Are Putin mockers dupes of the Kremlin PR machine?
is Russian media analyst for BBC Monitoring.
President Putin with fish, on the Kremlin website
As usual, bloggers were quick to poke fun at the president's antics and to suggest that the landing of the monster fish was another piece of PR fakery like his "discovery" of a pair of ancient urns in the Black Sea in 2011.
But even as they attempt to ridicule Putin are bloggers unwittingly playing the Kremlin spin doctors' game?
Putin bare-chested on horseback; Putin at the controls of a light aircraft dowsing forest fires; Putin in wetsuit exploring the sea bed for hidden treasures; Putin the birdman shepherding a flock of cranes at the start of their migration to warmer climes - each summer the Kremlin PR machine brings the masses a new Putin adventure.
This year's instalment featured him on board a raft on a lake in the remote Siberian republic of Tyva reeling in a huge pike and helping to subdue it as it thrashed about on the deck.
True to form, the president matched his physical exploits with some quick repartee.
"Watch out, it might bite," warned a fellow angler.
"It will get a biting from me," riposted Putin.
The struggle over, the president raised the pike aloft and planted a kiss on its head.
It weighed in at a massive 21kg, a voiceover from a state TV reporter announced.
One blogger captioned a photo of Putin holding up the dead pike "Lyuda, come back" - a reference to Putin's recent public split from his estranged wife, Lyudmila.
Another made a photoshop mock-up of Putin at a religious ceremony accompanied by the pike dressed in a veil.
Blogger and former TV executive Alfred Kokh took issue with the alleged size of Putin's catch. He calculated the volume of the pike, multiplied this by the standard density of fish flesh and concluded that it could not have weighted more than 10 or 11kg - not the 21kg claimed.
There were also suggestions that the whole trip was fake, with various bloggers pointing out that it did not appear in the president's advertised schedule and that Putin appeared to be wearing the same trousers and watch he wore during a similar jaunt in 2007.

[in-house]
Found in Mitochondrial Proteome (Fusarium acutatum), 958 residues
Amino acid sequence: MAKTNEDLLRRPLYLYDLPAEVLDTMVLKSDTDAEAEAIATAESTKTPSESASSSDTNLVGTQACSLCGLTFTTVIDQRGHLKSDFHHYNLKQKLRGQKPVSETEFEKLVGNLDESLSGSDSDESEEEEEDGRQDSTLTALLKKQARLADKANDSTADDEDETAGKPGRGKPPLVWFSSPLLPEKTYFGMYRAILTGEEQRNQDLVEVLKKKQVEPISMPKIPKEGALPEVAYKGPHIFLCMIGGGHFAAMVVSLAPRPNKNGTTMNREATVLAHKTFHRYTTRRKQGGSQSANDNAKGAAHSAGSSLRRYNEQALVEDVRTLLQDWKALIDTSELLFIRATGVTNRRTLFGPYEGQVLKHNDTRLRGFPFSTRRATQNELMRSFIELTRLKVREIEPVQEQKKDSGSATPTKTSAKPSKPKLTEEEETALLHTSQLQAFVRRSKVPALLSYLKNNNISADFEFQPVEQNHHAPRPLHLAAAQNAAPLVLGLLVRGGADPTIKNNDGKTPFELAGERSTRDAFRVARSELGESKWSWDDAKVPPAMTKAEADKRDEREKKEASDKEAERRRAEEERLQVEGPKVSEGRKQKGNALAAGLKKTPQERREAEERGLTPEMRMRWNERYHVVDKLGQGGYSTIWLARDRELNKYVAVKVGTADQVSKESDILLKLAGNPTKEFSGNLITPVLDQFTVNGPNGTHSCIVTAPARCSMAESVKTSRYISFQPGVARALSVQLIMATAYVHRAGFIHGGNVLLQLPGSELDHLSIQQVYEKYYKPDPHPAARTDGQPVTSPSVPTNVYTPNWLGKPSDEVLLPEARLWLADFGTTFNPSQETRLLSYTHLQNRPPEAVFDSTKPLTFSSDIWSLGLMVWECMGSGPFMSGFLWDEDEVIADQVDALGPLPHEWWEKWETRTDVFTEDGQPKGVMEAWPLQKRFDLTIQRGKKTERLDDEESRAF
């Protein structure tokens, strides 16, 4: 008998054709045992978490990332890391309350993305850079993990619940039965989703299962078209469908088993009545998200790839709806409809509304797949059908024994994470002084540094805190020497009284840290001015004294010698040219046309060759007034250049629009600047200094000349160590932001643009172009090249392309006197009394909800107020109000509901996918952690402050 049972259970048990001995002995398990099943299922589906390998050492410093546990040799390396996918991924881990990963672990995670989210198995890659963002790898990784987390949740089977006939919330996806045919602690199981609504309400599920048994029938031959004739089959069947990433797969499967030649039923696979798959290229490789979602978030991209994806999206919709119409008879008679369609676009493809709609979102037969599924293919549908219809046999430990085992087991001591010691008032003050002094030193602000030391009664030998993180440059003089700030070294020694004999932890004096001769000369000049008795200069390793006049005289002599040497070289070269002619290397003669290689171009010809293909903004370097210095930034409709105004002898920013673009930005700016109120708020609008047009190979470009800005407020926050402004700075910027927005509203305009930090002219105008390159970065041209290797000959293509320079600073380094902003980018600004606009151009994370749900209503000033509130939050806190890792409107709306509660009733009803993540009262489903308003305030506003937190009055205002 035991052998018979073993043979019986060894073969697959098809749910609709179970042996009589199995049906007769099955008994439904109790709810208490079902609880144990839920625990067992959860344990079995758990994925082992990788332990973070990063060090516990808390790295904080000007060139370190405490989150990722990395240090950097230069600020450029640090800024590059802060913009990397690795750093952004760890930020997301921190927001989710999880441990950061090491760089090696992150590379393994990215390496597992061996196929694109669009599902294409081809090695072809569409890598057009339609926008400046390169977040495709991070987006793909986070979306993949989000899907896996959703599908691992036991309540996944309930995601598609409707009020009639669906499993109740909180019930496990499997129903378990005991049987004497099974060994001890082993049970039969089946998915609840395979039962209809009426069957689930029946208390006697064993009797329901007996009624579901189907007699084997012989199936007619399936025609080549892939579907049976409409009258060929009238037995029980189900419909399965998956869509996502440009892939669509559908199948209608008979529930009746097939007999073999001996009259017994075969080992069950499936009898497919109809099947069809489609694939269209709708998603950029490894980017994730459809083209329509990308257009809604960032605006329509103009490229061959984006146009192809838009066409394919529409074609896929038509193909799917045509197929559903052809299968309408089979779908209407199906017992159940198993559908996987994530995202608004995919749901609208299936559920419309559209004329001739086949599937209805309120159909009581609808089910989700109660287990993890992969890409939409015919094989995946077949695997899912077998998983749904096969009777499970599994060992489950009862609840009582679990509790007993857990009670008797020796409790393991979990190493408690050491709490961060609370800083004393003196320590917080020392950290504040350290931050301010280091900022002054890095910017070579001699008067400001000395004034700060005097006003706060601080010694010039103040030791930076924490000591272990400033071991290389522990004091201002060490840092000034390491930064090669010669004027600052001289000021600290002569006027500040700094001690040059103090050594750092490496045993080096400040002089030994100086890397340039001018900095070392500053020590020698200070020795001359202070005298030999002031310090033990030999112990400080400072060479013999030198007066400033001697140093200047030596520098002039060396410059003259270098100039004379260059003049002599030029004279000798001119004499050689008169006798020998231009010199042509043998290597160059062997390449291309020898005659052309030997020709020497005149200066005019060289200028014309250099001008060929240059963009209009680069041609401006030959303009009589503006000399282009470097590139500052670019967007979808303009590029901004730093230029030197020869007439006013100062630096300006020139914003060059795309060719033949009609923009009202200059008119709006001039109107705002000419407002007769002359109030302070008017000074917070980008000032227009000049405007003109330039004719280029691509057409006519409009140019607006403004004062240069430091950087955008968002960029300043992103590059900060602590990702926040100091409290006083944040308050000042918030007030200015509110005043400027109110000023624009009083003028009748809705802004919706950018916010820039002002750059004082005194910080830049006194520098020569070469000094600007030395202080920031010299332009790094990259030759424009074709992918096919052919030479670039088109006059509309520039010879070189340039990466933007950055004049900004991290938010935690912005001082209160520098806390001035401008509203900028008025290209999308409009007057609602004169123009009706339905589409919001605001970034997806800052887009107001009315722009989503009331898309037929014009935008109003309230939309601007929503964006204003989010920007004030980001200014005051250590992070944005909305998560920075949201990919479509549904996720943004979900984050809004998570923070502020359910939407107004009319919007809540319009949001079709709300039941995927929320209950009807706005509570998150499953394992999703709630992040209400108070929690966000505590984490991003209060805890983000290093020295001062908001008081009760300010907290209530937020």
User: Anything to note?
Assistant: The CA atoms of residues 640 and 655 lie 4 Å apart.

His press secretary, Dmitriy Peskov, rejected the accusations during a radio interview, saying that the watch may have been old but the trousers were new.
Nor was this kind of speculation confined to the blogosphere. An article in the opposition newspaper Novaya Gazeta wondered how come TV reports of Putin landing the pike did not appear until 26 July, whereas the trip itself had taken place five days earlier.
By no means, thinks communications expert and former TV news editor Ilya Kuzmenkov. "The tens of thousands of Moscow humanitarians with nothing better to do than rush to check out the newness of the trouser legs, judge the weight of the fish or disseminate Photoshop mock-ups clearly haven't the faintest idea that this is precisely what this caricature-like episode was designed to provoke," Kuzmenkov wrote in an article on liberal news site Slon.ru.
Moreover, the reason why the story had been kept back a few days, he said, was so that it would remain the centre of attention on Saturday and Sunday when the newswires tend to go quiet.
If this was the Kremlin spin doctors' plan, they appear to have succeeded. The website of the Russian version of the magazine GQ said the fishing trip had indeed been the "main talking point of the weekend".
This may be propaganda, said Kuzmenkov, but it is also "creative and well organised" news-making.
The Kremlin appears to be increasingly relaxed about the how these stunts are viewed by the politically savvy classes. Both Peskov and Putin himself have admitted that some of them (including the ancient urns "discovery") were staged.
But, suggests Kuzmenkov, Putin's PR men are acutely aware that they cannot rest on their laurels: "You need to have new hits every season."
The ‘Putin, the he-man’ series looks set to run and run.
Putin’s inspiration? Pictures of Prime Minister Harold Wilson on holiday in the Isles of Scilly were a regular feature of the British summer in the 1960s